This is a very popular Woke social sport in Sydney, although it is more appreciated in the Eastern suburbs than the more traditionally-minded West. Morrison’s decision to endorse Deves to contest Warringah drew heavy criticism from elected Liberal representatives at both state and federal levels who demanded she be dis-endorsed.


The state and federal Liberal administrations also took exception to her as a candidate by denying her necessary resources. Given Steggall’s wealthy supporters, Deves’ endorsement by Morrison had the appearance of a religious virtue signal to the Western suburb electorates where religious principles are important. If so, it was unsuccessful.

One event that throws some light on this election occurred in 2021 when Scott Morrison took his Religious Discrimination Bill to the party room where it was endorsed. When he took the Bill to the floor of Parliament, however, five Liberals including Trent Zimmerman, Fiona Martin, Katie Allen, Dave Sharma, and Bridget Archer crossed the floor to defeat the Bill.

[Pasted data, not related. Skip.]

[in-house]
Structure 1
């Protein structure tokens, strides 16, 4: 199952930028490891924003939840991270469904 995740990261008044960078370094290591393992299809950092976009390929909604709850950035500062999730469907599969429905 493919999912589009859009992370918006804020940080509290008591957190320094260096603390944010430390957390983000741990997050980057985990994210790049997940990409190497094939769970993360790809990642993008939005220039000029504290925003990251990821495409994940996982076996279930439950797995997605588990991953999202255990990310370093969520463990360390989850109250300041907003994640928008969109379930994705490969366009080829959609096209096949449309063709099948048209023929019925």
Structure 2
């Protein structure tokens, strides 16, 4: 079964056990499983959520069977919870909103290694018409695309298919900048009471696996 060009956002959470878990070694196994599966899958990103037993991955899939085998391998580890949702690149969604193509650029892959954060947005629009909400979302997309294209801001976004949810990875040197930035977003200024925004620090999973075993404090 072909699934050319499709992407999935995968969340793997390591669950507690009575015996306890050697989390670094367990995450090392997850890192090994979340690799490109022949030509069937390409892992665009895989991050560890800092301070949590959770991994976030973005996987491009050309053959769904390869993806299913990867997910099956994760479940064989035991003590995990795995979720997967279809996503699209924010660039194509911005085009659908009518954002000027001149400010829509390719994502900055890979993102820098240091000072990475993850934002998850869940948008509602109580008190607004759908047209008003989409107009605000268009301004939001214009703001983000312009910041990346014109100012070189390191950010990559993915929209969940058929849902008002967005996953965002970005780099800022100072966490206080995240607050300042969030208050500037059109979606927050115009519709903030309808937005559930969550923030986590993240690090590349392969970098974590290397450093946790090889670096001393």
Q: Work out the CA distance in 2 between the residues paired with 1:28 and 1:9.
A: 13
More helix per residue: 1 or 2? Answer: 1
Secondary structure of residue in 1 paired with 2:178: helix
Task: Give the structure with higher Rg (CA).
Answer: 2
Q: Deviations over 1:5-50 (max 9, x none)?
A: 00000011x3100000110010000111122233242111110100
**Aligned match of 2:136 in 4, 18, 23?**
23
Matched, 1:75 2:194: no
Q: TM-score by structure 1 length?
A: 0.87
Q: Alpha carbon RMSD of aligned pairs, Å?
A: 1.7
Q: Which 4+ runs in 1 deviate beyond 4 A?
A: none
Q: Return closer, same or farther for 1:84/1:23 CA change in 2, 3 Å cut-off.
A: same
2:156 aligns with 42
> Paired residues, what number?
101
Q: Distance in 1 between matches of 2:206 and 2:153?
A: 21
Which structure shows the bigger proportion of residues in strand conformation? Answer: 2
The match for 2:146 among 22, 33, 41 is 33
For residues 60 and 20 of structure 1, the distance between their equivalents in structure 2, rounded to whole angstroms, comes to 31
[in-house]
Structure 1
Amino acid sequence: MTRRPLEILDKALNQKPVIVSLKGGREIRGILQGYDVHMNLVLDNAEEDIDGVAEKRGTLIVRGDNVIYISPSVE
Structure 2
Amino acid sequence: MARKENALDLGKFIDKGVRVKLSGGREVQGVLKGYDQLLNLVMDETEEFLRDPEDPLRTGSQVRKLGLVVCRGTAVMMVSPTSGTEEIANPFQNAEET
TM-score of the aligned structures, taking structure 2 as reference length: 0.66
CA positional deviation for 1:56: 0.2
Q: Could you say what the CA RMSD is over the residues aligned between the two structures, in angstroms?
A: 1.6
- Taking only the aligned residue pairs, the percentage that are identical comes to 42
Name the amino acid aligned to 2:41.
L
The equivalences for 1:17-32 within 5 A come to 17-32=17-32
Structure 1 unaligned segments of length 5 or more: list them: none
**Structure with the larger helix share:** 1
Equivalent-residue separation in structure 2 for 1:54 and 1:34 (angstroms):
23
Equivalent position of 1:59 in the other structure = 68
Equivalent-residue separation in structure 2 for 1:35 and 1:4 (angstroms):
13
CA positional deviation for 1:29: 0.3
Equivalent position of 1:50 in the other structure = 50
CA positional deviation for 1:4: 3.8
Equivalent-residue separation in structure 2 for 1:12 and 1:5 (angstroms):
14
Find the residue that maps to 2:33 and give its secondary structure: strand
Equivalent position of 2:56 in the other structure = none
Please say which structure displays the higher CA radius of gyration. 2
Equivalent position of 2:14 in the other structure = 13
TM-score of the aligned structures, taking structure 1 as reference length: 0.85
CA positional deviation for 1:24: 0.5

Four of those five, who were critical of Katherine Deves’ comments, are gone. They were beaten by candidates with better credentials, including Sharma who called Deves’ comments about trans athletes ‘reprehensible’. On the other hand, Bridget Archer, whose seat in Bass is described as ‘too close to call’, supported Deves’ right to voice her opinions.

Liberal frontbencher, Senator Simon Birmingham who often speaks with little knowledge, is reported as saying: